• Evelyn

      July 5, 2012 at 11:20 pm

      Thank you! I have a lab/border collie myself that I leave outside when I go out or to work. My only other option for her would be to lock her away in a small crate all day; which is more cruel?
      I’m tired of people telling me I shouldn’t have a dog if I want to leave her outside. My dog loves me, we take walks every day together, she is always by my side, she listens perfectly, we run agility recreationally, and she attends a just for fun once a week socialization class. She is not at all neglected or sad. People need to stop judging other people for how they care for their dogs.

    • Charla

      March 25, 2013 at 2:07 pm

      No! you are not. I was thinking the same thing. My dog loves it outside and has a large area (electronically fenced) that she stays in. We do not get complaints about barking, because she does not bark unless there is something to bark at. Dog’s weren’t naturally indoor creatures. They love the outdoors. They aren’t as sensitive to the cold as we are, they are built with a body to handle it. Come on people….

      • moria bolduc

        March 26, 2013 at 5:30 pm

        Dogs are pack animals no they should not live outside they get cold like people they die of exposure you cant justify this dogs are domesticated if you want something outside and unfriendly get a wolf the emotional torture in letting a dog live outside is horrific

    • Michelli Workman Good

      April 11, 2013 at 1:52 am

      i think outside dogs are great. there are still plenty of working dogs that live outside. these ppl are too huggy feely. give me a break. there are working dogs that prefer outside so to keep them inside would be cruel.

  11. Gabbos

    December 16, 2008 at 11:39 pm

    My dogs love life outside. But sometimes it does get chilly!

  12. Kat

    February 14, 2009 at 11:33 am

    My dog is an outside dog and is showing many of the behaviors highlighted in your article. I hate leaving him outside, but theirs little I can do. I’ve tried to convince my mother and her boyfriend, but…nothing.
    Here’s their excuses:
    “we have young children, dog gonna hurt them” -Not even his learned how to behave properly WITH the children IN the house.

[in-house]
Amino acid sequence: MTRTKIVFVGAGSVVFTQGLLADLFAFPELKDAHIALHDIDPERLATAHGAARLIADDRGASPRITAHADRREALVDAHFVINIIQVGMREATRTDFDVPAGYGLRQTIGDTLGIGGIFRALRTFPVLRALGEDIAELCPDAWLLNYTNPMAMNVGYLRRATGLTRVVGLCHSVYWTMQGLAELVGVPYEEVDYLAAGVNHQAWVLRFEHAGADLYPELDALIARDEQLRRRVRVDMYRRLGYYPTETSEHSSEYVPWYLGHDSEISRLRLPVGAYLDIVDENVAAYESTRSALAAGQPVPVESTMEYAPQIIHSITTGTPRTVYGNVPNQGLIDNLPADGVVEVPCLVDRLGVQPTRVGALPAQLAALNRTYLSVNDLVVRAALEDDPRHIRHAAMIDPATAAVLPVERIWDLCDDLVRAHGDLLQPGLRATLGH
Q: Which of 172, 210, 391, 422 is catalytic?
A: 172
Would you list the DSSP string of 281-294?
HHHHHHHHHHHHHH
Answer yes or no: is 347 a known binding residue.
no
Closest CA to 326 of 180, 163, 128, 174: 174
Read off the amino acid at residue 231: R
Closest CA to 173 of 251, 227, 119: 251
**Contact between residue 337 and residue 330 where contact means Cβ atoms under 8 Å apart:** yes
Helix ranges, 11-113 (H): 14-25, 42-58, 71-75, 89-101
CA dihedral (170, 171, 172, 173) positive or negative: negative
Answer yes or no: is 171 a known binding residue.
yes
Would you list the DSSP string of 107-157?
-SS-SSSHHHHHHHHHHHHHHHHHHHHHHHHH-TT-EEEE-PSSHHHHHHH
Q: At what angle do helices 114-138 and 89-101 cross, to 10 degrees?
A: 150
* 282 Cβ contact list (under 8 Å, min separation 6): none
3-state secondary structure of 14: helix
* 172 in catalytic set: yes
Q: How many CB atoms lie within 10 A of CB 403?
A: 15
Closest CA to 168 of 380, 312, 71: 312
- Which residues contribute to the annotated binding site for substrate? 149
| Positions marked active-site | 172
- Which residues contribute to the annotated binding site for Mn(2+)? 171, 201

“He too big” – O.O, so? Our house is big…
    He’ll pee/poo/eat garbage”-It’s called TRAINING.

    I’ve often sneaked him into the house while they are out, and he’s perfectly fine, a little hyper, but can you blame him?Yes he will still pee in the house, but only because he hasn’t been in one for so long(he use to stay in the house when he was a pup).
    And now, he’s developing human AND some dog aggression problems. Hmm, I wonder why MOM?

    Any advice…?

    • gwig

      May 28, 2009 at 1:33 pm

      My advice is move out of your Mom’s house. It is HER house.

    • MoonApple

      October 12, 2010 at 3:16 pm

      You are probably causing some behavior problems by confusing the dog sneaking him into the house he knows he shouldn’t be in.

    • tom

      December 3, 2010 at 11:49 am

      Your Mother need’s a wake up call. My little boy was attacked by a neighbor’s dog who is chained up outside 24/7. It slipped out of it’s collar and attacked my son in our yard. This is what happens to dogs that are chained up outside 24/7. Your Mom needs to find a training school for the dog. You can ask your Human Association to find a training school for the dog. This dog will hurt or kill someone, one day. This is not being a good pet owner. Why do you think that Human Societies will not adopt out a dog if the owners are going to leave the animal tied up outside 24/7? Because it is the wrost thing you can do to a pet.

  13. Anssi

    March 14, 2009 at 8:41 pm

    I have to disagree with this. Not everyone lives in small homes in the city, some still live on farms and other places where there is lots of space for dogs to be roam free and not disturb anyone.

  14. Mark Henderson

    March 24, 2009 at 12:13 pm

    my dog loves his back yard just as much as he likes his inside. he doesn’t spend the night outside. my neighbors seem to like visiting with him when he is outside. …………….. there are people that shouldn’t be aloud out of the house much less have pets. some people should be slapped upside the head, but that might be what happened to them.


    August 11, 2009 at 2:50 pm

    leaving dogs ouside is cruel and inhumane,if you have this mindset you should not own a dog.they are a gift from god,we are there guardians,please spread the word,backyard dogs are from the ignorant farm mentality,grow up get modern

    • Mike Novotny

      August 30, 2009 at 2:04 pm